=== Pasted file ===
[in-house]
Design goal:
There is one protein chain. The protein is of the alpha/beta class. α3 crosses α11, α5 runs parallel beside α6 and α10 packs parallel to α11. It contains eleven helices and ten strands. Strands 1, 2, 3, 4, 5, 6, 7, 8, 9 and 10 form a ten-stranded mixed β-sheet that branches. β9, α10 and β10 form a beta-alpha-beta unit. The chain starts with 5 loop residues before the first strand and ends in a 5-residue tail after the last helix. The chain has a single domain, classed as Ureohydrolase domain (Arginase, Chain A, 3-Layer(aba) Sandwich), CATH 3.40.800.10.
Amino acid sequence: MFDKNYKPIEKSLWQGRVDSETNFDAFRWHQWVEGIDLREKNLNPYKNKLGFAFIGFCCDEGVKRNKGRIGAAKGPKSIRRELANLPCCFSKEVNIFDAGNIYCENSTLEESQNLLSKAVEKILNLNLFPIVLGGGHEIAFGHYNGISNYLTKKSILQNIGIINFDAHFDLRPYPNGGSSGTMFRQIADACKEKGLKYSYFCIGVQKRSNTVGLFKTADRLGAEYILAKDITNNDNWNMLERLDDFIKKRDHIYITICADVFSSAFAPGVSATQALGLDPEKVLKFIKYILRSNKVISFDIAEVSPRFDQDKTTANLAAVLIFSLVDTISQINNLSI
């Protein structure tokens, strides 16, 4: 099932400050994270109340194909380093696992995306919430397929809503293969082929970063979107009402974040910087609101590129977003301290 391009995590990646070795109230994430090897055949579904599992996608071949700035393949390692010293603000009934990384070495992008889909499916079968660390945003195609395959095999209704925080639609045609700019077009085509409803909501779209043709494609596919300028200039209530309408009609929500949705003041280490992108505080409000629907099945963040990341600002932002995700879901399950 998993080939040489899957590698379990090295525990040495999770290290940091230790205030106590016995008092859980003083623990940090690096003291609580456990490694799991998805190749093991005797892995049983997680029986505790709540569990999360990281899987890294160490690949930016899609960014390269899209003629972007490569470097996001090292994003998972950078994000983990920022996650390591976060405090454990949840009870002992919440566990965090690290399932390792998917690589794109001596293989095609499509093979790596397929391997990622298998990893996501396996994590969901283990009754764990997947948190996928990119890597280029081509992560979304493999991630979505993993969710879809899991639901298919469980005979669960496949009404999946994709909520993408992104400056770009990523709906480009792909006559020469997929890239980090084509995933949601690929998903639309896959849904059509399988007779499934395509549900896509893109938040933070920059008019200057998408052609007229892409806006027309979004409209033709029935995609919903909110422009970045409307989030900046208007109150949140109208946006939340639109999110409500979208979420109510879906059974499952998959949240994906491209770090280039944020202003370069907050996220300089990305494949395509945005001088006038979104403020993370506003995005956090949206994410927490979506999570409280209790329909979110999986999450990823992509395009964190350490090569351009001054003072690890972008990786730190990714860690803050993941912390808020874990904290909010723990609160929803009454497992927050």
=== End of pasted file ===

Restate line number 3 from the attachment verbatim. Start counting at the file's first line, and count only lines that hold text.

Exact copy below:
There is one protein chain. The protein is of the alpha/beta class. α3 crosses α11, α5 runs parallel beside α6 and α10 packs parallel to α11. It contains eleven helices and ten strands. Strands 1, 2, 3, 4, 5, 6, 7, 8, 9 and 10 form a ten-stranded mixed β-sheet that branches. β9, α10 and β10 form a beta-alpha-beta unit. The chain starts with 5 loop residues before the first strand and ends in a 5-residue tail after the last helix. The chain has a single domain, classed as Ureohydrolase domain (Arginase, Chain A, 3-Layer(aba) Sandwich), CATH 3.40.800.10.